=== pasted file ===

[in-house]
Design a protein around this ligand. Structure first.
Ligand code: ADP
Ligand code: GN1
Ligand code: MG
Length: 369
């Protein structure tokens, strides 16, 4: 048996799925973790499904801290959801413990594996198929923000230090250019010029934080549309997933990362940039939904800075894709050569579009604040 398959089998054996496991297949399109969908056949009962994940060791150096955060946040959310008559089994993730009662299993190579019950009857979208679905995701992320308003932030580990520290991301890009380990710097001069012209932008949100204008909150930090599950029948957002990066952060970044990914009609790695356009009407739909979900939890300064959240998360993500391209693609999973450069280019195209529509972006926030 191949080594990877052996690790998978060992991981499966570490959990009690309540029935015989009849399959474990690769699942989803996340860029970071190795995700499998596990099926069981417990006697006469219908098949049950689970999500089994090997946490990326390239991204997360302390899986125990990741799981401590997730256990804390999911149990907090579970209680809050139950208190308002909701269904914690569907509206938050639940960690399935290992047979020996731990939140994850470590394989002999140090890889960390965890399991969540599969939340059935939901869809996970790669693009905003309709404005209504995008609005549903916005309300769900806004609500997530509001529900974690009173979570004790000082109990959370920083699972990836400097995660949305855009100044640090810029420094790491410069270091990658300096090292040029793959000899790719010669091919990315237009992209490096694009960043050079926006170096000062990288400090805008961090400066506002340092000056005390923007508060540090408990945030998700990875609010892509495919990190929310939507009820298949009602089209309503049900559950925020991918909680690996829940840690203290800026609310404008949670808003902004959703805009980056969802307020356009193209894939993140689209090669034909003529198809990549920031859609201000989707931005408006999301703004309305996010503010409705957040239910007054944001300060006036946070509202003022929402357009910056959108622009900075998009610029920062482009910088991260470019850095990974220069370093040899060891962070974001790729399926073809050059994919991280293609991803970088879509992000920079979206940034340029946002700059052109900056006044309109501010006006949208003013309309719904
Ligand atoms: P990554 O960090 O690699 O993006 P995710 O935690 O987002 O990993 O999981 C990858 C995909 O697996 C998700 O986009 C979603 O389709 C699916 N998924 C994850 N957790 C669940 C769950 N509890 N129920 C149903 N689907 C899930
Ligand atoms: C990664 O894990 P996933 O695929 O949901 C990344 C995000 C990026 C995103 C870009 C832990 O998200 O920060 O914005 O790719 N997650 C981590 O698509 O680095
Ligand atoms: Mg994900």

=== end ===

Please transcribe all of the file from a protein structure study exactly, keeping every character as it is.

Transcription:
[in-house]
Design a protein around this ligand. Structure first.
Ligand code: ADP
Ligand code: GN1
Ligand code: MG
Length: 369
């Protein structure tokens, strides 16, 4: 048996799925973790499904801290959801413990594996198929923000230090250019010029934080549309997933990362940039939904800075894709050569579009604040 398959089998054996496991297949399109969908056949009962994940060791150096955060946040959310008559089994993730009662299993190579019950009857979208679905995701992320308003932030580990520290991301890009380990710097001069012209932008949100204008909150930090599950029948957002990066952060970044990914009609790695356009009407739909979900939890300064959240998360993500391209693609999973450069280019195209529509972006926030 191949080594990877052996690790998978060992991981499966570490959990009690309540029935015989009849399959474990690769699942989803996340860029970071190795995700499998596990099926069981417990006697006469219908098949049950689970999500089994090997946490990326390239991204997360302390899986125990990741799981401590997730256990804390999911149990907090579970209680809050139950208190308002909701269904914690569907509206938050639940960690399935290992047979020996731990939140994850470590394989002999140090890889960390965890399991969540599969939340059935939901869809996970790669693009905003309709404005209504995008609005549903916005309300769900806004609500997530509001529900974690009173979570004790000082109990959370920083699972990836400097995660949305855009100044640090810029420094790491410069270091990658300096090292040029793959000899790719010669091919990315237009992209490096694009960043050079926006170096000062990288400090805008961090400066506002340092000056005390923007508060540090408990945030998700990875609010892509495919990190929310939507009820298949009602089209309503049900559950925020991918909680690996829940840690203290800026609310404008949670808003902004959703805009980056969802307020356009193209894939993140689209090669034909003529198809990549920031859609201000989707931005408006999301703004309305996010503010409705957040239910007054944001300060006036946070509202003022929402357009910056959108622009900075998009610029920062482009910088991260470019850095990974220069370093040899060891962070974001790729399926073809050059994919991280293609991803970088879509992000920079979206940034340029946002700059052109900056006044309109501010006006949208003013309309719904
Ligand atoms: P990554 O960090 O690699 O993006 P995710 O935690 O987002 O990993 O999981 C990858 C995909 O697996 C998700 O986009 C979603 O389709 C699916 N998924 C994850 N957790 C669940 C769950 N509890 N129920 C149903 N689907 C899930
Ligand atoms: C990664 O894990 P996933 O695929 O949901 C990344 C995000 C990026 C995103 C870009 C832990 O998200 O920060 O914005 O790719 N997650 C981590 O698509 O680095
Ligand atoms: Mg994900």